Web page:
I think you were one of the first to start doing it.
JC: We were on the front edge of it. I know that the Farrelly’s were doing it before us. It was important to us that we make movies that were similar to the films that we grew up on. When we got into the business, this town was really PG-13 oriented and it was like, “We’re not gonna play that game…even if it means fewer people will go to the movies.” Which is what it means.
JC: It was what it meant then. Nobody could account for this explosion of DVD that also happened when we were coming up. Like the “Super Troopers” DVD is like, it’s sort of legendary, you know, how big it actually got. And so the money ended up kind of evening out in a good way. And so it’s – I think that the problem with comedy for the moment is that…the studios are more and more going for foreign-driven movies. So, actors that can make films that can work in the foreign markets. Comedies don’t do that and so I think comedies are going to have to…start to downsize their budgets because foreign value is zero. But I think it’s…I think the internet has made it impossible to go back to PG-13 movies. I mean, you can watch someone blowing a donkey – and people do, I don’t – but you know what I mean? Our sensibilities are now…it’s okay. It’s hard to offend people in the theaters [laughs].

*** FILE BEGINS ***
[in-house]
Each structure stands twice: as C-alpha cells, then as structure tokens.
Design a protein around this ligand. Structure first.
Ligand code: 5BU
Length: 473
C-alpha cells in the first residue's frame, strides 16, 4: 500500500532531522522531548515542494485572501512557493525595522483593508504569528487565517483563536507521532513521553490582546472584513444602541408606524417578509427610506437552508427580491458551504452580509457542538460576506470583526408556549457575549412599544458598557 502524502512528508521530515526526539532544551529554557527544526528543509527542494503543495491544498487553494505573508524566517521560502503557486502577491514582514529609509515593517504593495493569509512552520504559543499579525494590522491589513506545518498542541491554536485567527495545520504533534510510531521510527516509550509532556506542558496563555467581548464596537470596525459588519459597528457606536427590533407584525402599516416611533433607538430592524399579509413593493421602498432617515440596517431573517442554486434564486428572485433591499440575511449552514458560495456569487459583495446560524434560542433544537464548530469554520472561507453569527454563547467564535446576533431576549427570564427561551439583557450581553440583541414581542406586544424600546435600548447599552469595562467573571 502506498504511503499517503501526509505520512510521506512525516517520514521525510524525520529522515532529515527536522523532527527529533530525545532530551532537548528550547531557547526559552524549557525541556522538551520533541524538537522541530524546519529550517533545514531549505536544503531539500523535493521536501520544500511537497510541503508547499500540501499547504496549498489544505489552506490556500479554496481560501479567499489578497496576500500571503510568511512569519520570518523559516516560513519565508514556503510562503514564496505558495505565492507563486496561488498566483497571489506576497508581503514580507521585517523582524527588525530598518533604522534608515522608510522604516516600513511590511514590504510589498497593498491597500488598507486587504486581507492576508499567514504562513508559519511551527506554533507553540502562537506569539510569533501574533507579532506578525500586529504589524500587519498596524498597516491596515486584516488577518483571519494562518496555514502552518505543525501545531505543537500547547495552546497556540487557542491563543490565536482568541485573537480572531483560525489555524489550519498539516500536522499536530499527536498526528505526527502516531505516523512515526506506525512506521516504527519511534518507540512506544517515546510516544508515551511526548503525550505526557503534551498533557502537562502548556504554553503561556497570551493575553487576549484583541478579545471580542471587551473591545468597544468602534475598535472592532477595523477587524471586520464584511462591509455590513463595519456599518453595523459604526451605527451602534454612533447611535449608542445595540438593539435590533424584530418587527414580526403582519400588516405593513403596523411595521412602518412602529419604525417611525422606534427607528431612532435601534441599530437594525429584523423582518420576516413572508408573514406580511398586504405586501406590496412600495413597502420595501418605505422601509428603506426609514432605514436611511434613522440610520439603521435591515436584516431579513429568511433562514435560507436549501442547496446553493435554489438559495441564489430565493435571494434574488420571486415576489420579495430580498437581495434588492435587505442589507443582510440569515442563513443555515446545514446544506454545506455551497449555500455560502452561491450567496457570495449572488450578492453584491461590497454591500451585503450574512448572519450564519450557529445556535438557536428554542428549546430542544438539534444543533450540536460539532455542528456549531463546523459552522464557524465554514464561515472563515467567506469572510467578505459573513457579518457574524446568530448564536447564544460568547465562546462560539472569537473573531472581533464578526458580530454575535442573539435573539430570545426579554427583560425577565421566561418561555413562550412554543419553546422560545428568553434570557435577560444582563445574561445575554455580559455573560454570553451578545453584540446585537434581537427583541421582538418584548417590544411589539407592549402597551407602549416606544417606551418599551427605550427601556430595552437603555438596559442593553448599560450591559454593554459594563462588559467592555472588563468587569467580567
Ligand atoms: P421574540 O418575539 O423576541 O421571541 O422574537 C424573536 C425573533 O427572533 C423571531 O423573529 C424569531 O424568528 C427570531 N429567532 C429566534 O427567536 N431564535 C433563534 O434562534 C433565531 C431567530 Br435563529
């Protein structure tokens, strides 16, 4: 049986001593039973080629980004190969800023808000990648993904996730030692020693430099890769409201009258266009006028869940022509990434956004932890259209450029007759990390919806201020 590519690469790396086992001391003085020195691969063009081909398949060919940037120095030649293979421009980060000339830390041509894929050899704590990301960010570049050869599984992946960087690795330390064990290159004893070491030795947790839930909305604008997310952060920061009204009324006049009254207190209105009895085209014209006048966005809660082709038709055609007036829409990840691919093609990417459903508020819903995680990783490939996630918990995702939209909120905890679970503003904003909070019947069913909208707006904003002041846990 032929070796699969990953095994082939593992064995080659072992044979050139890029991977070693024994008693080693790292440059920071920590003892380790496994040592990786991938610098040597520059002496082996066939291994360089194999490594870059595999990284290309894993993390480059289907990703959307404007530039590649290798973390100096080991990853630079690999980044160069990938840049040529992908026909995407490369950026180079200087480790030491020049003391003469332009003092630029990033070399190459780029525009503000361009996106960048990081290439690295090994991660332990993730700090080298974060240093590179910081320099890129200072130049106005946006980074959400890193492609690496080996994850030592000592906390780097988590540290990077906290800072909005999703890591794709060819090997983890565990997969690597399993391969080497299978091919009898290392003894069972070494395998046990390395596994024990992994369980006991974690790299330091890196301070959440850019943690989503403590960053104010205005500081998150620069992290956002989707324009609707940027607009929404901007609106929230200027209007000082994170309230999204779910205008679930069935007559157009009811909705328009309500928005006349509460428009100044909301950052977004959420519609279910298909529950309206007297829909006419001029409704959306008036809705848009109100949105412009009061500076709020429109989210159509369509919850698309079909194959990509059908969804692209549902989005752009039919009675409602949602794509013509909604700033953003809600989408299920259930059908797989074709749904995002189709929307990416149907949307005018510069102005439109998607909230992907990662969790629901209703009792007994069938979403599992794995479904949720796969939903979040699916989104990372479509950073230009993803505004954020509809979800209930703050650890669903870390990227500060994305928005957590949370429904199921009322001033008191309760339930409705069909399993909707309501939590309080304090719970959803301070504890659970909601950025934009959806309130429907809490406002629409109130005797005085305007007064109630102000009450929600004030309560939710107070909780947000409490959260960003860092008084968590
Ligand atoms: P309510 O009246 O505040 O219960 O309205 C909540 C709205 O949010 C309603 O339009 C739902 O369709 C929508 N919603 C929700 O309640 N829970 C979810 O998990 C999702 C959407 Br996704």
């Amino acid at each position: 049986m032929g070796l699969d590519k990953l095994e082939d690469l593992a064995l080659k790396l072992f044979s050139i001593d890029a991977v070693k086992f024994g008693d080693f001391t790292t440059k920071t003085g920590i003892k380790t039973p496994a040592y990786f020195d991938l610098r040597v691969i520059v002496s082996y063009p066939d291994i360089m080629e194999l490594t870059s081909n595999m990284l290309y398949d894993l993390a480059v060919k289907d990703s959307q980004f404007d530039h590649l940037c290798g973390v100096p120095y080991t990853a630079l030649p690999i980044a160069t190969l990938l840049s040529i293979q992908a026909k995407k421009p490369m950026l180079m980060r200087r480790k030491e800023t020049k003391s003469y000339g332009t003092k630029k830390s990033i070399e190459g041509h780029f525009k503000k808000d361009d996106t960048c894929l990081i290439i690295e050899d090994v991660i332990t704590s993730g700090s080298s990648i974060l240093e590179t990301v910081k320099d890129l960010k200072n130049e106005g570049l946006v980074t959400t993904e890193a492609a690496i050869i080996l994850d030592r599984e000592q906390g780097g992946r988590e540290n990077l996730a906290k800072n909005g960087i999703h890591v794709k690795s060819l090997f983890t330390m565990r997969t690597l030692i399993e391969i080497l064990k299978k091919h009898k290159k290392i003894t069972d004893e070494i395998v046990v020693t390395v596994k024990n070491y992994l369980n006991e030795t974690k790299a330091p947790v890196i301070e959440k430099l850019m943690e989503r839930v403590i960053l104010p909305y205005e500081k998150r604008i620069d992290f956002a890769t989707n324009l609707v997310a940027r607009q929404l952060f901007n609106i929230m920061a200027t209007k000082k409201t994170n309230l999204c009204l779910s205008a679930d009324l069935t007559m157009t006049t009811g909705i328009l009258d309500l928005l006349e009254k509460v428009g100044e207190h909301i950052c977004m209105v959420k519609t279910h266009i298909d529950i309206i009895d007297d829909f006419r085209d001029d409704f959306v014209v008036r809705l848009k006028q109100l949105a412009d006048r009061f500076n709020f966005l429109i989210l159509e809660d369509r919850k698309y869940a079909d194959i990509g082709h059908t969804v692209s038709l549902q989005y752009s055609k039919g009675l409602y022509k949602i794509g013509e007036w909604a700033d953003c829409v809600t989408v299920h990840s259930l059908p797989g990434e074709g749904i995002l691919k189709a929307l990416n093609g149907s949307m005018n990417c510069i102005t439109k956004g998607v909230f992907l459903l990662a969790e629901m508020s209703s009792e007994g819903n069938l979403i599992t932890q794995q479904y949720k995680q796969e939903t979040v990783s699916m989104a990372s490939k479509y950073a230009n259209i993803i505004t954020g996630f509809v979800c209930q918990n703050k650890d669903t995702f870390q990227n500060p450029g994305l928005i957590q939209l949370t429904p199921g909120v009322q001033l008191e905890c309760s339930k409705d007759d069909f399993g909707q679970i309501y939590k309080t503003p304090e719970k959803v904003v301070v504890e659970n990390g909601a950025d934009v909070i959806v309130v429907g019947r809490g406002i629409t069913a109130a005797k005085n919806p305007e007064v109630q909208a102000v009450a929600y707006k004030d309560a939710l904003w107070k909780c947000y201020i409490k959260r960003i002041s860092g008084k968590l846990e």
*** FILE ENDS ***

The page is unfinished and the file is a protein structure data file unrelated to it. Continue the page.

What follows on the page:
—-Mila Pantovich is the Lifestyle Editor with luxury magazine JustLuxe and maintains her own film site Reel Obsession.